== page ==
Row names in data frames: beware of 1:nrow

I spent some time puzzling over row names in data frames in R this morning. It seems that if you make the row names for a data frame, x, as 1:nrow(x), R will act as if you’d not assigned row names, and the names might get changed when you do rbind.

Here’s an illustration:

> x <- data.frame(id=1:3)
> y <- data.frame(id=4:6)
> rownames(x) <- 1:3
> rownames(y) <- LETTERS[4:6]
> rbind(x,y)
  id
1  1
2  2
3  3
D  4
E  5
F  6
> rbind(y,x)
  id
D  4
E  5
F  6
4  1
5  2
6  3


As you can see, if you give x the row names 1:3, these are treated as generic row numbers and could get changed following rbind if they end up in different rows. This doesn’t happen if x and y are matrices.

I often use row names as identifiers, so it seems I must be cautious to use something other than row numbers.

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10 Responses to “Row names in data frames: beware of 1:nrow”

  1. Rainer Says:

    rownames(x) <- as.character(1:3)

    helps, but of course, you need to be aware of it…

    • Karl Broman Says:

      Interesting, thanks, but that’s even more mysterious to me.

      I’ve been saving keystrokes, skipping the as.character(), thinking it made no difference.

      With either rownames(x) <- 1:3 or rownames(x) <- as.character(1:3), if you type rownames(x) the results look the same, and is.character(rownames(x)) returns TRUE. However attr(x, "row.names") is different for the two.

      And why does rownames(x) <- 1:3 get treated so much differently from rownames(x) <- 2:4?

  2. pvanb Says:

    Thanks, wasn’t aware of this. And it seems inconsistent that this only seem to happen when rownames start with 1.

  3. Kasper Daniel Hansen Says:

    In R, data.frames are required to have rownames. For large data.frame’s there are some overhead (for example space has to be allocated to store the character strings), so some version of R ago, it became possible to do something like
    rownames(df) <- NULL
    In this case, the data.frame _looks_ like it has rownames 1:nrow(df), but these names are not stored anywhere, instead they are kind of auto-generated (I am not too sure of the details).

    I think this is why you see that 1:nrow(df) (as integers) is a very special case. As soon as you use another sequence of integers, it is no longer the special case and it needs to be stored as characters.

    • Karl Broman Says:

      I suppose I should have actually read the documentation. The help file for data.frame is dreadfully dull, but includes:

      If row.names was supplied as NULL or no suitable component was found the row names are the integer sequence starting at one (and such row names are considered to be ‘automatic’, and not preserved by as.matrix).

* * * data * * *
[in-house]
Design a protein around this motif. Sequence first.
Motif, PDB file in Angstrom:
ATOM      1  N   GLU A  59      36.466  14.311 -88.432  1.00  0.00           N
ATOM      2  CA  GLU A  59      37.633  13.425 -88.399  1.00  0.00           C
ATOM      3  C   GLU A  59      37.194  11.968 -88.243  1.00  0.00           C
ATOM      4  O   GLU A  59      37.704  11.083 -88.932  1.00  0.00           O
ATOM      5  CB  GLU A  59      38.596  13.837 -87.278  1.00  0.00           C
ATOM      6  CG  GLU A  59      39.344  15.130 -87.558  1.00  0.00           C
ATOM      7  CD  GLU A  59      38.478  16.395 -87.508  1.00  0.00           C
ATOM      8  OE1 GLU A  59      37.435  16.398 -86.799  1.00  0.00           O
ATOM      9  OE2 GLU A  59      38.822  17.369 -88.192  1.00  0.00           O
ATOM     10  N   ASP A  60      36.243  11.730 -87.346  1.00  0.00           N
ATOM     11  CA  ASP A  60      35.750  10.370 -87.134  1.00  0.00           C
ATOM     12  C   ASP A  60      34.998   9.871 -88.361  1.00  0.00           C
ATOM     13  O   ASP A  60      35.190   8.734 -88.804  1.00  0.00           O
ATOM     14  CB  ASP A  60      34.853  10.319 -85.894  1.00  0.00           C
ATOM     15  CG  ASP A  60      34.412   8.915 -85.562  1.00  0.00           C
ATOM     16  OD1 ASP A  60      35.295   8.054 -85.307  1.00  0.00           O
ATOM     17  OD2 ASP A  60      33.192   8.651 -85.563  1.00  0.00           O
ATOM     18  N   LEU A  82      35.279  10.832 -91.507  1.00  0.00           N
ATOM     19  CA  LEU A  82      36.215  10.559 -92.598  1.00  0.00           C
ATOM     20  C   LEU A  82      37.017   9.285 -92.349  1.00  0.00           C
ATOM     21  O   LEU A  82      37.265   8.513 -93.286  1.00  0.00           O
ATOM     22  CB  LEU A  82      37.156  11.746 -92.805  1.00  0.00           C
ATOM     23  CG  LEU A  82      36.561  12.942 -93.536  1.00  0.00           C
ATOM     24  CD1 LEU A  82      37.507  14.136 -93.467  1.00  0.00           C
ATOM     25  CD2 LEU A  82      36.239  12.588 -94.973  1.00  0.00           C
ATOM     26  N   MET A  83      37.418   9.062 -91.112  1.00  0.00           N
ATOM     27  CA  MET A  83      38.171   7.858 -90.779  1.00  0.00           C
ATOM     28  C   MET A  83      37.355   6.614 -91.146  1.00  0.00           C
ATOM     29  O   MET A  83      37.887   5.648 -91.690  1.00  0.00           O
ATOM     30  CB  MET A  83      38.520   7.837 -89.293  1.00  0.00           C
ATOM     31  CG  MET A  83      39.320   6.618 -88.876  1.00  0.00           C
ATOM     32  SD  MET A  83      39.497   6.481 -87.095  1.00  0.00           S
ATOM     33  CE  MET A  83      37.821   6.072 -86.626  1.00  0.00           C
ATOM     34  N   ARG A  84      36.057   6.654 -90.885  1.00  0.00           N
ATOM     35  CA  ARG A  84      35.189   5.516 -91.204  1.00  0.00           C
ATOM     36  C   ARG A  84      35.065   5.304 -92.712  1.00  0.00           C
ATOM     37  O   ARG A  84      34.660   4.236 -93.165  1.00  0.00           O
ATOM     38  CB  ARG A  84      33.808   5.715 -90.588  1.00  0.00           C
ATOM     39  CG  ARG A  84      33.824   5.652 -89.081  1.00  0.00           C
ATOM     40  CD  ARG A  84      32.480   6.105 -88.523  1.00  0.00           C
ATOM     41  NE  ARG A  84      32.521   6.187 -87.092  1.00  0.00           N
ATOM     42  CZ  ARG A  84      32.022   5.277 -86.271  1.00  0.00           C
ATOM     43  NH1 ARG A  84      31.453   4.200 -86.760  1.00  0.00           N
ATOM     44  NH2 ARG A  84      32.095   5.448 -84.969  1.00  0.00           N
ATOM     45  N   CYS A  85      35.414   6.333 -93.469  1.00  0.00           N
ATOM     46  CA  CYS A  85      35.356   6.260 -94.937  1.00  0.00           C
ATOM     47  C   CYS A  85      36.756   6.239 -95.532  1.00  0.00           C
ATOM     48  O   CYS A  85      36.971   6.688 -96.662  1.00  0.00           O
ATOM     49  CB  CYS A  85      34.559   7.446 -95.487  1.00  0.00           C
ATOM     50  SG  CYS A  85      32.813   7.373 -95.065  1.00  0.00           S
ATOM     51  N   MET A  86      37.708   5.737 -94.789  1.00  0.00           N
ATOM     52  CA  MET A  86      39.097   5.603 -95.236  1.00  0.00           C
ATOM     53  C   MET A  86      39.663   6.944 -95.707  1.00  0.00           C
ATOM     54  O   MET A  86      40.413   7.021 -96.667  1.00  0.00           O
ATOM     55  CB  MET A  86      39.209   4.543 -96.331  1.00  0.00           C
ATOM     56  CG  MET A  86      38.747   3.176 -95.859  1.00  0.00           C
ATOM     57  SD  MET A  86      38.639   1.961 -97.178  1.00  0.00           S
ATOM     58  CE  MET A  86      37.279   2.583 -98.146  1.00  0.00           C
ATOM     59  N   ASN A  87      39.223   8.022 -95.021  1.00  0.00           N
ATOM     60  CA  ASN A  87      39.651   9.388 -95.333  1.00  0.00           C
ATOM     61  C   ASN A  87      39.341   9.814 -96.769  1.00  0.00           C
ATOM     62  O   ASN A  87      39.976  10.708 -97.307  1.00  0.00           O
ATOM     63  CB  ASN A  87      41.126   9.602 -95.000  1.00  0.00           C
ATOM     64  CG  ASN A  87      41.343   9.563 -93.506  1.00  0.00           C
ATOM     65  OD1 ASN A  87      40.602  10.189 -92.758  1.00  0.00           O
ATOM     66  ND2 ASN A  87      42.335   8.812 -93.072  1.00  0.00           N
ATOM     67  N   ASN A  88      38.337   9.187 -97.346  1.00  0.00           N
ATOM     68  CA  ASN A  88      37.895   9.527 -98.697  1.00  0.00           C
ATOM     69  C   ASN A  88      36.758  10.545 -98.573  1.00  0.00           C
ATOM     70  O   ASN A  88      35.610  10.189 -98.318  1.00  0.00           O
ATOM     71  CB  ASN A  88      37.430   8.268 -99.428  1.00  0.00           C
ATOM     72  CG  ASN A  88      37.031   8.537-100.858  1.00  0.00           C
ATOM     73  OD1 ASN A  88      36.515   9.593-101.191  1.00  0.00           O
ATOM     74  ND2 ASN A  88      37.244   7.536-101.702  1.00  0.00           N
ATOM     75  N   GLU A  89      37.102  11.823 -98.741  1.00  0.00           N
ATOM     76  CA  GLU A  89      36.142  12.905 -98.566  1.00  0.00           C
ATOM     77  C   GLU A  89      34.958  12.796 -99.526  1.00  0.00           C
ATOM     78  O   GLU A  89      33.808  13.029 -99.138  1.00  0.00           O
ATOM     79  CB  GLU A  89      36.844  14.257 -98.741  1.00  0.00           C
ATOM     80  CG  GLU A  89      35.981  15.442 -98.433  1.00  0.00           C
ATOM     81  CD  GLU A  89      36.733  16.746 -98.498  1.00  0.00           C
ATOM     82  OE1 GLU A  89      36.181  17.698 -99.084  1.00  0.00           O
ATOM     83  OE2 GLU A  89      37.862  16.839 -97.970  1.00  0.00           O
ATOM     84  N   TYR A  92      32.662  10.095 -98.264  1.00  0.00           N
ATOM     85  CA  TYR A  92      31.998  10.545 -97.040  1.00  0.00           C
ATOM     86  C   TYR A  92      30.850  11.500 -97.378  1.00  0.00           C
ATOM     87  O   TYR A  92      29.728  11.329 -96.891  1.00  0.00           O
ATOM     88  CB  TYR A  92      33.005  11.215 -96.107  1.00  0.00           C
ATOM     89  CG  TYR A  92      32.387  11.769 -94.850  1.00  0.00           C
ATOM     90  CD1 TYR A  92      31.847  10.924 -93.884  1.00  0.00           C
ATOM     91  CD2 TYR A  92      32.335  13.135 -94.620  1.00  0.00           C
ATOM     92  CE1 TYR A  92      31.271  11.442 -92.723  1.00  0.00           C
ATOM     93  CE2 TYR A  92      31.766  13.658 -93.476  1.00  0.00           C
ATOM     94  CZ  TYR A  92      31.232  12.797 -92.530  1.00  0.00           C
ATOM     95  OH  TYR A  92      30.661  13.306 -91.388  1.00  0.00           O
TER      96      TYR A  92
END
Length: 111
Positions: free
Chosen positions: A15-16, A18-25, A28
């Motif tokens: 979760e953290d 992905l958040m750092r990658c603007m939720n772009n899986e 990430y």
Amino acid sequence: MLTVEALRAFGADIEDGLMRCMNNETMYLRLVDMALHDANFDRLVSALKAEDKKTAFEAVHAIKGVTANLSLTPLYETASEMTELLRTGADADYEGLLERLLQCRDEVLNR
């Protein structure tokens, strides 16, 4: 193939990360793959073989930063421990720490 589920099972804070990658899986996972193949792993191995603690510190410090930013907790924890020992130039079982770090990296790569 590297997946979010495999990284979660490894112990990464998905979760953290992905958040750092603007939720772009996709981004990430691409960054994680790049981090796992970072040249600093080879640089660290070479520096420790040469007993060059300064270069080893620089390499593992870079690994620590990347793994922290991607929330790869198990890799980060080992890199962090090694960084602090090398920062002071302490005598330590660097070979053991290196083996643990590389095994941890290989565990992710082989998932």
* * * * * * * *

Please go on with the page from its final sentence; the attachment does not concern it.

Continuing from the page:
It also has the following useful Note:

      In versions of R prior to 2.4.0 row.names had to be character: to ensure compatibility with such versions of R, supply a character vector as the row.names argument.

  4. Gene Says:

    I find those quirks so frustrating! I suspect that someone would have had to have made ordered row names an exception to how row names are handled; which would mean that someone actually spent time and energy to create a bug.

    I can see where this would be useful: when merging yet unnamed data frames using cbind. Still, it’s such a nuisance. It has the potential to be a very insidious bug.

    I wonder though, do you think this type of problem is more or less prevalent in open source software? Does SAS have similar gotchas? I’m sure that they would be different, but i wonder if they are more or less plentiful in other languages.

    • Karl Broman Says:

      I expect that this sort of thing can happen in any but the simplest piece of software. And I suppose one may question whether it’s a bug or a feature, the main distinction being whether it was intended. It seems here that it was intended and so is a feature rather than a bug.

  5. giordano Says:

    I support Broman’s statement that it is more a feature than a bug. I use rownames as id generator respectively as id-check. There are two good reasons for doing this:
    1) it allows only unique values:
    (x <- data.frame(pseudoid = c(1:3,3:1))
    rownames(x) <- x$pseudoid
    2) it gives nonsense identifier (as you showed with your code). This makes sense since using structures in identifier cause only troubles.

    Once I have built a data frame (using rownames(x) <- NULL) I start analysis and I can identify each row through rownames. Usually you don't add new records in an analysis. Look at the data frame as an entity. If you add a new record you get a new entity and this asks for a new definition of rownames.
    If you use subsets of the original data set this will (maybe) preserve the rownames:
    (x <- data.frame(pseudoid=c(LETTERS[4:6],c(4:6)),v=1:6))
    (x1 <- subset(x, v 4))

    But since I’m not really sure about my last statement I usually put the identifier of my original data frame in a column:
    x$id <- rownames(x)

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